WASHINGTON, Feb. 28 (Xinhua) -- The United States would withdraw its troops from Afghanistan over the next three to five years under a new Pentagon plan, U.S. media reported on Thursday.

The plan, which was supposed to help talks between the United States and Afghan Taliban, also called for cutting by half the 14,000 U.S. troops currently in Afghanistan in coming months, according to a report of The New York Times.

The plan, which has reportedly received broad acceptance in Washington and North Atlantic Treaty Organization (NATO) headquarters in Brussels, stipulates that the 8,600 European and other international troops stationed in the country would focus on training the Afghan military, shifting U.S. forces' task to counterterrorism operations.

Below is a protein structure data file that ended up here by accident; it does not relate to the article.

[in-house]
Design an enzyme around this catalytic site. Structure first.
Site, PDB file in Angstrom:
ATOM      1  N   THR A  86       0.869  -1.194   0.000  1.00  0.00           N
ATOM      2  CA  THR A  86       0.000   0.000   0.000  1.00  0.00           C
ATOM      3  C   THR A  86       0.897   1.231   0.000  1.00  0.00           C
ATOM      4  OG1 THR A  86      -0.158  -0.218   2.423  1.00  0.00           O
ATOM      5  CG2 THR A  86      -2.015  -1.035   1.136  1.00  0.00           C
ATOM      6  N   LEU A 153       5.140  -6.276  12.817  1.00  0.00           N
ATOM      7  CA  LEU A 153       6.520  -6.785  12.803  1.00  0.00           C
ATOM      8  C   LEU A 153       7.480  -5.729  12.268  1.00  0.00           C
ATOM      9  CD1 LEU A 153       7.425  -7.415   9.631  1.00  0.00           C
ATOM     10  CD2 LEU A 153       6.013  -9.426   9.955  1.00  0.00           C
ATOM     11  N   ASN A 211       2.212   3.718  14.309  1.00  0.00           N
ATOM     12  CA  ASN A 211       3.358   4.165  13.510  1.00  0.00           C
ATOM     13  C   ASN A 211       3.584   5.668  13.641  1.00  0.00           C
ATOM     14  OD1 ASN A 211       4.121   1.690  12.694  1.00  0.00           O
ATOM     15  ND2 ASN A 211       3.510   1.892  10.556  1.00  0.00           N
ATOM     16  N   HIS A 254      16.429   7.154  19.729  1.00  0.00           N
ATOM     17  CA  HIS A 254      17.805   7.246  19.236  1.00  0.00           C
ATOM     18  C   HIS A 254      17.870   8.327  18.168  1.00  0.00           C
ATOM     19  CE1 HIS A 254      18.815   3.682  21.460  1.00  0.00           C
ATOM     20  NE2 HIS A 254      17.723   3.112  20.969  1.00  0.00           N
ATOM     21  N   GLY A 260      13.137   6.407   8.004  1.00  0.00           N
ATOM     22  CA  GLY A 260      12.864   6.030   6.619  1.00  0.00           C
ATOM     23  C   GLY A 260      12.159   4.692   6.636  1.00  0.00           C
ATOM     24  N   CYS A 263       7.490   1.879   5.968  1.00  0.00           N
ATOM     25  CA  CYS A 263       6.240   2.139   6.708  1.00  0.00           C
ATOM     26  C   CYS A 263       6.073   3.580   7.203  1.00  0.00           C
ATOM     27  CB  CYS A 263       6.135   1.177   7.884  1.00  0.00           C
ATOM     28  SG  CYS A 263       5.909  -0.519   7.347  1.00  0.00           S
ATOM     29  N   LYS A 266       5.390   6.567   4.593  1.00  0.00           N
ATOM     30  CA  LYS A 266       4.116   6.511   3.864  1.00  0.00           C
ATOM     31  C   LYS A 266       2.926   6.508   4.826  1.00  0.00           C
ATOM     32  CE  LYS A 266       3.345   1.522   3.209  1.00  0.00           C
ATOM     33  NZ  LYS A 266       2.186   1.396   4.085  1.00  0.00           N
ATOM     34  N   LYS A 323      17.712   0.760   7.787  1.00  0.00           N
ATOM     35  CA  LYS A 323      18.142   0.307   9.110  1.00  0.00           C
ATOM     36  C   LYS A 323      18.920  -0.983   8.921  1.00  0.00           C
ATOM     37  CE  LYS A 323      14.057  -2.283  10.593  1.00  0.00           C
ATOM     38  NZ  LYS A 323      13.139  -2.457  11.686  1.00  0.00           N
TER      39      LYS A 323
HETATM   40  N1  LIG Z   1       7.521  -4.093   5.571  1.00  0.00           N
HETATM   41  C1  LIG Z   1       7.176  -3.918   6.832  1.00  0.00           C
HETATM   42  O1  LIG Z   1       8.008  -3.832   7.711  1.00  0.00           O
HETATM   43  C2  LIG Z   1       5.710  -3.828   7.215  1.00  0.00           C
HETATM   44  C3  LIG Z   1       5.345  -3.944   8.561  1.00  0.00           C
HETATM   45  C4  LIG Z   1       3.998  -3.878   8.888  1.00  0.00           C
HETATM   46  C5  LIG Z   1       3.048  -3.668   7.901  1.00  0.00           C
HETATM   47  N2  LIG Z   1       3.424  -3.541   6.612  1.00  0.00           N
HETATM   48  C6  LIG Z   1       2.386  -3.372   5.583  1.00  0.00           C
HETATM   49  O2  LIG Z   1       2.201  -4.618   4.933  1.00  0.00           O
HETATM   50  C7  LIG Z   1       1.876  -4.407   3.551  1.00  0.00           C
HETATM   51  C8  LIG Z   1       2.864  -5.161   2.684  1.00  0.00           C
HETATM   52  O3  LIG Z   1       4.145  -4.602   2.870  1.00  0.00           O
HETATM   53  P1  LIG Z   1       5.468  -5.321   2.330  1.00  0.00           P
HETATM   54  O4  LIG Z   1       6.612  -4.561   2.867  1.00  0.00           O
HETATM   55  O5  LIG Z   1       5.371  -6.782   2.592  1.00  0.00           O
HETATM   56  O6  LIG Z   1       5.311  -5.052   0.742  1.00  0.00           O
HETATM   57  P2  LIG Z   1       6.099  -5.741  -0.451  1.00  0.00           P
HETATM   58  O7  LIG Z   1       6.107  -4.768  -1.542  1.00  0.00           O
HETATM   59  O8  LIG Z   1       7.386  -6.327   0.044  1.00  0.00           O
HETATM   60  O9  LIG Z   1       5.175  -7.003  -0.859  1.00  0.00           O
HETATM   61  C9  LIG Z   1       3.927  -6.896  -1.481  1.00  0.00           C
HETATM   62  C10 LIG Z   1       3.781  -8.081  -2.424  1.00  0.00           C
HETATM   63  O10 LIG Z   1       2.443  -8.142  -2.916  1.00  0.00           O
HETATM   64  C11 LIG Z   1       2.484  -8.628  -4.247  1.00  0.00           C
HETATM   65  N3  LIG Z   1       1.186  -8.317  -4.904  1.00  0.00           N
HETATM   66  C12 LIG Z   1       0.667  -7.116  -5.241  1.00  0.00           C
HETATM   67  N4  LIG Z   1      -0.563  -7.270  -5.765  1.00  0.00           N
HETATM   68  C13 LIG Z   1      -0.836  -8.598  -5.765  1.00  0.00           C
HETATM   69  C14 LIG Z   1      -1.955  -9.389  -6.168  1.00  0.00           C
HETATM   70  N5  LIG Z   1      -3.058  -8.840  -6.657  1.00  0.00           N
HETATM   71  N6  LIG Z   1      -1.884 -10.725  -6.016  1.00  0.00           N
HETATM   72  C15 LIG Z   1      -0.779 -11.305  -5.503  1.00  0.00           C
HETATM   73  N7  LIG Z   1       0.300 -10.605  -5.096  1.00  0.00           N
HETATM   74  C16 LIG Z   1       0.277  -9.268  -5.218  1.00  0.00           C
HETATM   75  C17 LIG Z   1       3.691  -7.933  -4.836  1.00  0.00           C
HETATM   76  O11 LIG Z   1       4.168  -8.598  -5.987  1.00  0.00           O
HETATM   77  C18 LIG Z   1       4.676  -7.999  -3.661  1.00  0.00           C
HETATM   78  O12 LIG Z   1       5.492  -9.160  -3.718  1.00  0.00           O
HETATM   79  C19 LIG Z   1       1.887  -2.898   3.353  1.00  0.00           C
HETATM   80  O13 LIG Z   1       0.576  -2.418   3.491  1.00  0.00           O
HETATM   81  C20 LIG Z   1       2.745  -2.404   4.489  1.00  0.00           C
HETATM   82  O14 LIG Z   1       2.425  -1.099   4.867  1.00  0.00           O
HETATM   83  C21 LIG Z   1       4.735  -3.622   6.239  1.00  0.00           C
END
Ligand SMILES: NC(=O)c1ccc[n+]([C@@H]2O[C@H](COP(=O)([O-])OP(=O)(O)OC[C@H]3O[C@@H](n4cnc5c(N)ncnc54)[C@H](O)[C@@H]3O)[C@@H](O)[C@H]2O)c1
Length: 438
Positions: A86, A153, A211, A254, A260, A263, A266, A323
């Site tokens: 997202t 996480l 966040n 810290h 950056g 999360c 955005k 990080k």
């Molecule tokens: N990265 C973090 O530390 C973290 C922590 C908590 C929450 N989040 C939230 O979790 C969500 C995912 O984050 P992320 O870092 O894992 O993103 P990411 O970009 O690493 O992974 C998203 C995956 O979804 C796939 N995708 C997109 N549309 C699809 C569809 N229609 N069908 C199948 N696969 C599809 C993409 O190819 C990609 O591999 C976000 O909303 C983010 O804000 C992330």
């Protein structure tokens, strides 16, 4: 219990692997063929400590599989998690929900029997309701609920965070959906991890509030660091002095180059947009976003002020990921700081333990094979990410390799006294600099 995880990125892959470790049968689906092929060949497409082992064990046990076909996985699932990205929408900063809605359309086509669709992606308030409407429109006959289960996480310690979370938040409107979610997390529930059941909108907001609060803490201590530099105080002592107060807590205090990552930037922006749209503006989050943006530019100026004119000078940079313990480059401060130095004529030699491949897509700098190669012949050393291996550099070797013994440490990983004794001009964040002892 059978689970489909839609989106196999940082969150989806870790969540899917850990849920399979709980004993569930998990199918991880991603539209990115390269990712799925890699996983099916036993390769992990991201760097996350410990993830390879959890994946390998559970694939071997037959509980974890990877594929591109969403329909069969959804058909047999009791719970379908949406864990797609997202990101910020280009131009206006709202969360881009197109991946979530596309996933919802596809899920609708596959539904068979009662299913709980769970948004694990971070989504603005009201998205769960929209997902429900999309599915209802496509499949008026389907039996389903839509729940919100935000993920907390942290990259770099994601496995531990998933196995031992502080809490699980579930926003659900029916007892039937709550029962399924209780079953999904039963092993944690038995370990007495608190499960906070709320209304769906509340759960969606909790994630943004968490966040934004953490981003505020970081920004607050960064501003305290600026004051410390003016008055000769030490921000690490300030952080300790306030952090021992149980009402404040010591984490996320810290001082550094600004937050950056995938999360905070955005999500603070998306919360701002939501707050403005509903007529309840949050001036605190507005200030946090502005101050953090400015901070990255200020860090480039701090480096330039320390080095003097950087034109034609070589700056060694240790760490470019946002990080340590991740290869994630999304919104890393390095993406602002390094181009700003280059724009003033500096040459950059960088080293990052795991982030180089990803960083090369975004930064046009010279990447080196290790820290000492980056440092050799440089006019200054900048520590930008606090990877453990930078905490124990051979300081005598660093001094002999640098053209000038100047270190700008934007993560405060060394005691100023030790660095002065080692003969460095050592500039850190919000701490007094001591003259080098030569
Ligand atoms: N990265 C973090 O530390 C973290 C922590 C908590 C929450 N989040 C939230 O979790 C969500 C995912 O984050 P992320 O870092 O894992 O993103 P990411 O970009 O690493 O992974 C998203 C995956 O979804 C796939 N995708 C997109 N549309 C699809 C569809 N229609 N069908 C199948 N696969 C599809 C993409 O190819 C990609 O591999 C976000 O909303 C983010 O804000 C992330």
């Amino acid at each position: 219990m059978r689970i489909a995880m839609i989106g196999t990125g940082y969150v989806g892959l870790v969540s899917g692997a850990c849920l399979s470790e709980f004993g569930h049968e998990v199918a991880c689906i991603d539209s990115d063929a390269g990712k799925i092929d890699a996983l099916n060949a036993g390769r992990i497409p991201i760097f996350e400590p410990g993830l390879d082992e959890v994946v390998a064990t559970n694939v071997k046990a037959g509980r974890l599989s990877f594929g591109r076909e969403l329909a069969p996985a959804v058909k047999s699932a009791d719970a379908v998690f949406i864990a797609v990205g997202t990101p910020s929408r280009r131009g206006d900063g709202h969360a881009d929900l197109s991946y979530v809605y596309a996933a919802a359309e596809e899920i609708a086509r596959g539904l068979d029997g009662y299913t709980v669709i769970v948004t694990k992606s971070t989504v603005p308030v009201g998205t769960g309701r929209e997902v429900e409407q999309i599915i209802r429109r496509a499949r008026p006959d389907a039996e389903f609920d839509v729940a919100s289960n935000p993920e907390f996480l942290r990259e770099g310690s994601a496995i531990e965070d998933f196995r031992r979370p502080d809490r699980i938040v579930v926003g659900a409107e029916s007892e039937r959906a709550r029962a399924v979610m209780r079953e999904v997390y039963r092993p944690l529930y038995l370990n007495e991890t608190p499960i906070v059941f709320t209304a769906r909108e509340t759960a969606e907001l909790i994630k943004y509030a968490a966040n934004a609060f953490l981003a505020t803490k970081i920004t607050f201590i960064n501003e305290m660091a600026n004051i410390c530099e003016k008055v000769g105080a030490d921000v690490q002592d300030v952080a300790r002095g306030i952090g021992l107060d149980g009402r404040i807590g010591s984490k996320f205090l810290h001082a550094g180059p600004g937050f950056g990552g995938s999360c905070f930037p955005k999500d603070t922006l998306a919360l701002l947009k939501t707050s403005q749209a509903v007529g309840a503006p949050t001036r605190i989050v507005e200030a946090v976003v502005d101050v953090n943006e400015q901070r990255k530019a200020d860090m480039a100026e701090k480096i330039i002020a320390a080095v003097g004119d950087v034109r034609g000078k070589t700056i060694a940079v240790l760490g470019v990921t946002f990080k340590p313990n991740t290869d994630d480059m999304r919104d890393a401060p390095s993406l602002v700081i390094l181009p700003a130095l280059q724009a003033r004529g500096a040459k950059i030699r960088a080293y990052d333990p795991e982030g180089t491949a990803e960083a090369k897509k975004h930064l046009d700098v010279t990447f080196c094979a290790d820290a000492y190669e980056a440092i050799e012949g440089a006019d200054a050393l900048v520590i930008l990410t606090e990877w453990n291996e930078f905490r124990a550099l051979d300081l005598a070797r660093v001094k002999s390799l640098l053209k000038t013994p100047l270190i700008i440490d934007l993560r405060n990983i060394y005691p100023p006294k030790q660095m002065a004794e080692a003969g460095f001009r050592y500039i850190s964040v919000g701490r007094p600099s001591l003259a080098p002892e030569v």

Pentagon spokesman Kone Faulkner told The New York Times that no decisions have been made as peace talks continue, and the Pentagon "is considering all options of force numbers and disposition."

The fifth round of talks between the U.S. delegation and the Taliban representatives began in Qatar's capital Doha on Monday. U.S. Special Representative for Afghan Reconciliation Zalmay Khalilzad said on Thursday that negotiations with Taliban were "productive," and would resume on Saturday after internal deliberations.

The Pentagon has reportedly stepped up airstrikes and special raid operations in Afghanistan to the highest levels since 2014, aiming to give negotiators leverage in peace talks with the Taliban.

There are about 14,000 U.S. troops currently deployed in Afghanistan. The death toll of U.S. servicemen in Afghanistan has surpassed 2,400 since the United States invaded the Asian country in 2001.